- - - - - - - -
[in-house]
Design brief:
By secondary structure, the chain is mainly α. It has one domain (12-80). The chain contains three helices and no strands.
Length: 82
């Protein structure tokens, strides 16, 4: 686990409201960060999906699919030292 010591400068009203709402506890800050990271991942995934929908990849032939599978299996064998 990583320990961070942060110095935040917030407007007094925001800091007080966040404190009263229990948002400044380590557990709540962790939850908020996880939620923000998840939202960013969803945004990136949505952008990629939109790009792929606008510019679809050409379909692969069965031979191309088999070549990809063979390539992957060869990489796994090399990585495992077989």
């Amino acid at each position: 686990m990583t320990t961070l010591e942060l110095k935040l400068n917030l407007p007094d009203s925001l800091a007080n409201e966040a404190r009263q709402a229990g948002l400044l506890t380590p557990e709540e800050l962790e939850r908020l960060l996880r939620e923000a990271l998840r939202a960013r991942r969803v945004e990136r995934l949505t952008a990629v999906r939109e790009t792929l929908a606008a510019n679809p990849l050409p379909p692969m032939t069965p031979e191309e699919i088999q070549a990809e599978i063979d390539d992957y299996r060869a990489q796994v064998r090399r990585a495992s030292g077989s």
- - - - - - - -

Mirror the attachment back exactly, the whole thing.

[in-house]
Design brief:
By secondary structure, the chain is mainly α. It has one domain (12-80). The chain contains three helices and no strands.
Length: 82
């Protein structure tokens, strides 16, 4: 686990409201960060999906699919030292 010591400068009203709402506890800050990271991942995934929908990849032939599978299996064998 990583320990961070942060110095935040917030407007007094925001800091007080966040404190009263229990948002400044380590557990709540962790939850908020996880939620923000998840939202960013969803945004990136949505952008990629939109790009792929606008510019679809050409379909692969069965031979191309088999070549990809063979390539992957060869990489796994090399990585495992077989």
């Amino acid at each position: 686990m990583t320990t961070l010591e942060l110095k935040l400068n917030l407007p007094d009203s925001l800091a007080n409201e966040a404190r009263q709402a229990g948002l400044l506890t380590p557990e709540e800050l962790e939850r908020l960060l996880r939620e923000a990271l998840r939202a960013r991942r969803v945004e990136r995934l949505t952008a990629v999906r939109e790009t792929l929908a606008a510019n679809p990849l050409p379909p692969m032939t069965p031979e191309e699919i088999q070549a990809e599978i063979d390539d992957y299996r060869a990489q796994v064998r090399r990585a495992s030292g077989s």